```

and by generalizing the induction hypothesis, you get to something similar to `le_lt_dec`

(the stdlib one's likely better, this is just a demo):

```
From Coq Require Import Arith Lia.
Definition le_gt_dec (n m : nat) : {n <= m} + {n > m}.
Proof.
revert m; induction n. { left. abstract lia. }
destruct m as [|m]. { right; abstract lia. }
destruct (IHn m); [left|right]; abstract lia.
Defined.
```

instead of favoring one case inside an interactive definition.

I guess the idea is that in an interactive definition we often only care about the return type, so `Definition foo (n:nat):{n > 5} + {n < 10}.`

is best defined non-interactively to make the body to clients? (Trying that out)

How would we define `Definition foo (n:nat):{n > 5} + {n < 10}.`

non-interactively though? I mean, we got to furnish proof anyway right? As argument to `left`

or `right`

.

Yes, the specification of foo leaves unspecified the cases `n=6,7,8,9`

. It may be problematic if you apply `foo`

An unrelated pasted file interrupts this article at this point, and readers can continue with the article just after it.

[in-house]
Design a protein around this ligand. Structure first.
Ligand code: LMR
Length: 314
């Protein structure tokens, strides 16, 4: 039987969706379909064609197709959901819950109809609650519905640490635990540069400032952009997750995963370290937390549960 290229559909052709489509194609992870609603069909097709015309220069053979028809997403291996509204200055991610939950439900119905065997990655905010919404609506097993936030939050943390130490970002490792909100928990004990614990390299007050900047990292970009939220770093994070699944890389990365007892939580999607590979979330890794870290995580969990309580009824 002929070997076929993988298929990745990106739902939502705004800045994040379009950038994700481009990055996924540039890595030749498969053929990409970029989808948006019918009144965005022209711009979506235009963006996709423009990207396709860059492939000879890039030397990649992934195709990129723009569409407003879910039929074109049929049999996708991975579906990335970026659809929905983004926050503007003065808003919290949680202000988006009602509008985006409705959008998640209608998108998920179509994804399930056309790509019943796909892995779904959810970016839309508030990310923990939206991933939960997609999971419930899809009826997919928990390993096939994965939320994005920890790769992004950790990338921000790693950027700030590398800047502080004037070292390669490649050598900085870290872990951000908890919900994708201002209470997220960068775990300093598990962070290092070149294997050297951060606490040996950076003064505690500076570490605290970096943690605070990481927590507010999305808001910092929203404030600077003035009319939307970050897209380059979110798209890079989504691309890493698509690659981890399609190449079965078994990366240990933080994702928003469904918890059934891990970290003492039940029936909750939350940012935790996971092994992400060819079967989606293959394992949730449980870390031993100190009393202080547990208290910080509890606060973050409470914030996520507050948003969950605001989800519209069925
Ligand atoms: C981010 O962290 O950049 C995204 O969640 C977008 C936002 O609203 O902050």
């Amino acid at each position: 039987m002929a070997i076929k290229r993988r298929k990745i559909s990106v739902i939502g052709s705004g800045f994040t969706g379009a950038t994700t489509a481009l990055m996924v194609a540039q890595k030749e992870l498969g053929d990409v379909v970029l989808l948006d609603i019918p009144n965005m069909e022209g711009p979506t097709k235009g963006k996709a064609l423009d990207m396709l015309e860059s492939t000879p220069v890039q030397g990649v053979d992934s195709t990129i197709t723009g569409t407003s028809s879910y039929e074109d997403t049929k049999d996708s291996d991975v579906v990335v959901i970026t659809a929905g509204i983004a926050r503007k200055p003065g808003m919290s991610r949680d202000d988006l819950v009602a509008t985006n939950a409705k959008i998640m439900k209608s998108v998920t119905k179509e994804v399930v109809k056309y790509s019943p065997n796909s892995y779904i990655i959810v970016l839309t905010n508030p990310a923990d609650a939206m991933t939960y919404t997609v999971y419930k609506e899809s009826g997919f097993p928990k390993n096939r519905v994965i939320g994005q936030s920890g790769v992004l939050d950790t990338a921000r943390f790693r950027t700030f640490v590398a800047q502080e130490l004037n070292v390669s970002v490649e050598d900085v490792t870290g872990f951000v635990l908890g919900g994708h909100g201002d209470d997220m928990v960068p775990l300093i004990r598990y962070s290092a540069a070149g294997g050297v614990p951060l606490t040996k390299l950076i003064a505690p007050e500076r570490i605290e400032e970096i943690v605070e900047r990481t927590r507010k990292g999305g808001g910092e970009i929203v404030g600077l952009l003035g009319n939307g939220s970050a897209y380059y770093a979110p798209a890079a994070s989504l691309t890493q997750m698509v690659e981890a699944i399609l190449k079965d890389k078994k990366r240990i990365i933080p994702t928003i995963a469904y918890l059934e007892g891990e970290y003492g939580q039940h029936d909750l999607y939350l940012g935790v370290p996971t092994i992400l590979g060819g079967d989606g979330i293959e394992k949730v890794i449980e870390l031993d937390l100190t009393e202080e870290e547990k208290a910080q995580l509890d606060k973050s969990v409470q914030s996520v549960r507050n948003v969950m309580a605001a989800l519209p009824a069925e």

inside another function.

indeed; if I needed the original spec anyway, I'd consider this style acceptable — the spec is insufficient, but the implementation is unambiguous (tho not especially readable):

```
Require Import Arith Lia Program.Tactics.
Definition le_gt_dec (n m : nat) : {n <= m} + {n > m}. (* As above. *)
Program Definition foo (n:nat):{n > 5} + {n < 10} :=
(* Decide if [n >= 10] or [n < 10]; if not, *)
match le_gt_dec 10 n return _ with
| right X => right X (* n < 10 *)
| left X => left _ (* n >= 10 -> n > 5 *)
end.
Next Obligation. lia. Qed.
```

you can also define the decision without any high power stuff

```
Fixpoint le_lt_dec (n m : nat) : {n <= m} + {m < n} :=
match n, m with
| 0, _ => left (le_0_n m)
| S n, 0 => right (le_n_S 0 n (le_0_n n))
| S n, S m =>
match le_lt_dec n m with
| left H => left (le_n_S n m H)
| right H => right (le_n_S (S m) n H)
end
end.
```

Last updated: Sep 23 2023 at 08:01 UTC